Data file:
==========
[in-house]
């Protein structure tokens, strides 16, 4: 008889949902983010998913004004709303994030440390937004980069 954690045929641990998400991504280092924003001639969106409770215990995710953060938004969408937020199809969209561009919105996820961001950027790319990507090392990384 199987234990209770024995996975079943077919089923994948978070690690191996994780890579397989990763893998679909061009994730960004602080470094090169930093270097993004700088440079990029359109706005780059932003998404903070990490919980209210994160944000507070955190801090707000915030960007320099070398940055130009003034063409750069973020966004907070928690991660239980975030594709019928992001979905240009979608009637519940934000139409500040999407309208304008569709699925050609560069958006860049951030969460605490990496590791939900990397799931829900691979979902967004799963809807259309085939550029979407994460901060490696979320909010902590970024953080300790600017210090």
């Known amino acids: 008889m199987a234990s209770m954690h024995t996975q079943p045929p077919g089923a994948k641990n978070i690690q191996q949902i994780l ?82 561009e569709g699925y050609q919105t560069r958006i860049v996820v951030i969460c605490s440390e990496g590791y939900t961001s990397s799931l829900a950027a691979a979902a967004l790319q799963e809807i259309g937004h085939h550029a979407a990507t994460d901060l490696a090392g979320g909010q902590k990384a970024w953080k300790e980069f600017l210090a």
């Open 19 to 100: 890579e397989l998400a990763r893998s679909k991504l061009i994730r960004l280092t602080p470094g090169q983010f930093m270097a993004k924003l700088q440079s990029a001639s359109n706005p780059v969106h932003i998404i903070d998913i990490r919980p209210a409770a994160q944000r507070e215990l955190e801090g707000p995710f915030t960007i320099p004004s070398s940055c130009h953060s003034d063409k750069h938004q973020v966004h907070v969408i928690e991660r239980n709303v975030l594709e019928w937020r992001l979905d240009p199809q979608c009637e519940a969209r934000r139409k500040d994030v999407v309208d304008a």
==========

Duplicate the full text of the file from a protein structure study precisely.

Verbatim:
[in-house]
């Protein structure tokens, strides 16, 4: 008889949902983010998913004004709303994030440390937004980069 954690045929641990998400991504280092924003001639969106409770215990995710953060938004969408937020199809969209561009919105996820961001950027790319990507090392990384 199987234990209770024995996975079943077919089923994948978070690690191996994780890579397989990763893998679909061009994730960004602080470094090169930093270097993004700088440079990029359109706005780059932003998404903070990490919980209210994160944000507070955190801090707000915030960007320099070398940055130009003034063409750069973020966004907070928690991660239980975030594709019928992001979905240009979608009637519940934000139409500040999407309208304008569709699925050609560069958006860049951030969460605490990496590791939900990397799931829900691979979902967004799963809807259309085939550029979407994460901060490696979320909010902590970024953080300790600017210090």
């Known amino acids: 008889m199987a234990s209770m954690h024995t996975q079943p045929p077919g089923a994948k641990n978070i690690q191996q949902i994780l ?82 561009e569709g699925y050609q919105t560069r958006i860049v996820v951030i969460c605490s440390e990496g590791y939900t961001s990397s799931l829900a950027a691979a979902a967004l790319q799963e809807i259309g937004h085939h550029a979407a990507t994460d901060l490696a090392g979320g909010q902590k990384a970024w953080k300790e980069f600017l210090a």
């Open 19 to 100: 890579e397989l998400a990763r893998s679909k991504l061009i994730r960004l280092t602080p470094g090169q983010f930093m270097a993004k924003l700088q440079s990029a001639s359109n706005p780059v969106h932003i998404i903070d998913i990490r919980p209210a409770a994160q944000r507070e215990l955190e801090g707000p995710f915030t960007i320099p004004s070398s940055c130009h953060s003034d063409k750069h938004q973020v966004h907070v969408i928690e991660r239980n709303v975030l594709e019928w937020r992001l979905d240009p199809q979608c009637e519940a969209r934000r139409k500040d994030v999407v309208d304008a």